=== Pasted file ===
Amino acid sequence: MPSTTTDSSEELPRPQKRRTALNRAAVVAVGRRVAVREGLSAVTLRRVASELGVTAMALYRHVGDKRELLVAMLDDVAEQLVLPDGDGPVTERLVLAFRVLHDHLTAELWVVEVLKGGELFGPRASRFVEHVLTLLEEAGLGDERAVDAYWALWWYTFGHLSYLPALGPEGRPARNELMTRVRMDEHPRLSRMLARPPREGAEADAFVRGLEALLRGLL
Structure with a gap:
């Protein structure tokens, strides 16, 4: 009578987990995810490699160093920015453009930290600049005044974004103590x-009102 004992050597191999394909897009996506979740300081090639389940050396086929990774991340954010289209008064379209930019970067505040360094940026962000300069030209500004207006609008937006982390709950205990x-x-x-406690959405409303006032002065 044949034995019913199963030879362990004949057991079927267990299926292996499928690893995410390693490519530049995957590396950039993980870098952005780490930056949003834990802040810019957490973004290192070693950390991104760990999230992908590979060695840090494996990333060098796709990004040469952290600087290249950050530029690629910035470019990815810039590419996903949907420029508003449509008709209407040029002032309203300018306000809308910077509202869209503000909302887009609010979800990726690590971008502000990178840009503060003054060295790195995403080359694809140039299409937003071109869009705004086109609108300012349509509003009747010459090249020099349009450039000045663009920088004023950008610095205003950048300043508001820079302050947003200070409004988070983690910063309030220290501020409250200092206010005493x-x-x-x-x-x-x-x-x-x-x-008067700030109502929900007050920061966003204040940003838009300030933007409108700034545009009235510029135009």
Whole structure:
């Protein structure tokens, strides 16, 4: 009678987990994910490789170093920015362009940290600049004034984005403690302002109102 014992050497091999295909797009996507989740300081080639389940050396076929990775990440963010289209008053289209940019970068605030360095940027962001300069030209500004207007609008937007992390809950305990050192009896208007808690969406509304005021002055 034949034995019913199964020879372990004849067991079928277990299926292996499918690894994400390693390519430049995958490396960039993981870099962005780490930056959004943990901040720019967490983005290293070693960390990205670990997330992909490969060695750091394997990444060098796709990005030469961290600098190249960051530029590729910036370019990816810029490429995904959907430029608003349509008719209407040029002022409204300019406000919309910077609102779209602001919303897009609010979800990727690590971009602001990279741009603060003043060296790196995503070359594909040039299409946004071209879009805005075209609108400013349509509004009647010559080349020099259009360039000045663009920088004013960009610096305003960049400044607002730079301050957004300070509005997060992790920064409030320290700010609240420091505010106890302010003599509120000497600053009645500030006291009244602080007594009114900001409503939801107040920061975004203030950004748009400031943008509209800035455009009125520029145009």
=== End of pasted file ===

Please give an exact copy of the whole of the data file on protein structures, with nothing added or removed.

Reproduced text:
Amino acid sequence: MPSTTTDSSEELPRPQKRRTALNRAAVVAVGRRVAVREGLSAVTLRRVASELGVTAMALYRHVGDKRELLVAMLDDVAEQLVLPDGDGPVTERLVLAFRVLHDHLTAELWVVEVLKGGELFGPRASRFVEHVLTLLEEAGLGDERAVDAYWALWWYTFGHLSYLPALGPEGRPARNELMTRVRMDEHPRLSRMLARPPREGAEADAFVRGLEALLRGLL
Structure with a gap:
């Protein structure tokens, strides 16, 4: 009578987990995810490699160093920015453009930290600049005044974004103590x-009102 004992050597191999394909897009996506979740300081090639389940050396086929990774991340954010289209008064379209930019970067505040360094940026962000300069030209500004207006609008937006982390709950205990x-x-x-406690959405409303006032002065 044949034995019913199963030879362990004949057991079927267990299926292996499928690893995410390693490519530049995957590396950039993980870098952005780490930056949003834990802040810019957490973004290192070693950390991104760990999230992908590979060695840090494996990333060098796709990004040469952290600087290249950050530029690629910035470019990815810039590419996903949907420029508003449509008709209407040029002032309203300018306000809308910077509202869209503000909302887009609010979800990726690590971008502000990178840009503060003054060295790195995403080359694809140039299409937003071109869009705004086109609108300012349509509003009747010459090249020099349009450039000045663009920088004023950008610095205003950048300043508001820079302050947003200070409004988070983690910063309030220290501020409250200092206010005493x-x-x-x-x-x-x-x-x-x-x-008067700030109502929900007050920061966003204040940003838009300030933007409108700034545009009235510029135009």
Whole structure:
């Protein structure tokens, strides 16, 4: 009678987990994910490789170093920015362009940290600049004034984005403690302002109102 014992050497091999295909797009996507989740300081080639389940050396076929990775990440963010289209008053289209940019970068605030360095940027962001300069030209500004207007609008937007992390809950305990050192009896208007808690969406509304005021002055 034949034995019913199964020879372990004849067991079928277990299926292996499918690894994400390693390519430049995958490396960039993981870099962005780490930056959004943990901040720019967490983005290293070693960390990205670990997330992909490969060695750091394997990444060098796709990005030469961290600098190249960051530029590729910036370019990816810029490429995904959907430029608003349509008719209407040029002022409204300019406000919309910077609102779209602001919303897009609010979800990727690590971009602001990279741009603060003043060296790196995503070359594909040039299409946004071209879009805005075209609108400013349509509004009647010559080349020099259009360039000045663009920088004013960009610096305003960049400044607002730079301050957004300070509005997060992790920064409030320290700010609240420091505010106890302010003599509120000497600053009645500030006291009244602080007594009114900001409503939801107040920061975004203030950004748009400031943008509209800035455009009125520029145009």